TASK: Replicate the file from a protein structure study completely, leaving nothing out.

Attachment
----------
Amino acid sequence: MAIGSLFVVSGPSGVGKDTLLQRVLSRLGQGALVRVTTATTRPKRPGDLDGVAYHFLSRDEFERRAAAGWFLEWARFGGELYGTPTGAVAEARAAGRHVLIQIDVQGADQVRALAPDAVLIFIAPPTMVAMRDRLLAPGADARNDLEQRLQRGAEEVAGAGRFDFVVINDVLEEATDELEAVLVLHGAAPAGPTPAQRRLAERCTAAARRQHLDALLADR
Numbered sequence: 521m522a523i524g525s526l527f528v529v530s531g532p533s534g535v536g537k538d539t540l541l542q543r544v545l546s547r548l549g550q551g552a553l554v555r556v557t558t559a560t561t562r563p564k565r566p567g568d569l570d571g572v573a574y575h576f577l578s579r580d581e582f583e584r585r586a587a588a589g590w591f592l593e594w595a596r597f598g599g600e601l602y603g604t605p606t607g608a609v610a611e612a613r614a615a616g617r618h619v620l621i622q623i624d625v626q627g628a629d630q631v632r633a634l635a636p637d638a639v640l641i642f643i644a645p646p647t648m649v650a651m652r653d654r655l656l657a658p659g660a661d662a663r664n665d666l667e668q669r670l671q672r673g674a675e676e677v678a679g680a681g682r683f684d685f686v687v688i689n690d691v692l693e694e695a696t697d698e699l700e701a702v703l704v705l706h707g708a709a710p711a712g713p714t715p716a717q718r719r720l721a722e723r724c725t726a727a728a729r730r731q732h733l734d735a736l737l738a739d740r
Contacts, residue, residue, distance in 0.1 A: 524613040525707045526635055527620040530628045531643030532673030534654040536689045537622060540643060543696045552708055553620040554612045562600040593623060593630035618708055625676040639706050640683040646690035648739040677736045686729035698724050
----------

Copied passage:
Amino acid sequence: MAIGSLFVVSGPSGVGKDTLLQRVLSRLGQGALVRVTTATTRPKRPGDLDGVAYHFLSRDEFERRAAAGWFLEWARFGGELYGTPTGAVAEARAAGRHVLIQIDVQGADQVRALAPDAVLIFIAPPTMVAMRDRLLAPGADARNDLEQRLQRGAEEVAGAGRFDFVVINDVLEEATDELEAVLVLHGAAPAGPTPAQRRLAERCTAAARRQHLDALLADR
Numbered sequence: 521m522a523i524g525s526l527f528v529v530s531g532p533s534g535v536g537k538d539t540l541l542q543r544v545l546s547r548l549g550q551g552a553l554v555r556v557t558t559a560t561t562r563p564k565r566p567g568d569l570d571g572v573a574y575h576f577l578s579r580d581e582f583e584r585r586a587a588a589g590w591f592l593e594w595a596r597f598g599g600e601l602y603g604t605p606t607g608a609v610a611e612a613r614a615a616g617r618h619v620l621i622q623i624d625v626q627g628a629d630q631v632r633a634l635a636p637d638a639v640l641i642f643i644a645p646p647t648m649v650a651m652r653d654r655l656l657a658p659g660a661d662a663r664n665d666l667e668q669r670l671q672r673g674a675e676e677v678a679g680a681g682r683f684d685f686v687v688i689n690d691v692l693e694e695a696t697d698e699l700e701a702v703l704v705l706h707g708a709a710p711a712g713p714t715p716a717q718r719r720l721a722e723r724c725t726a727a728a729r730r731q732h733l734d735a736l737l738a739d740r
Contacts, residue, residue, distance in 0.1 A: 524613040525707045526635055527620040530628045531643030532673030534654040536689045537622060540643060543696045552708055553620040554612045562600040593623060593630035618708055625676040639706050640683040646690035648739040677736045686729035698724050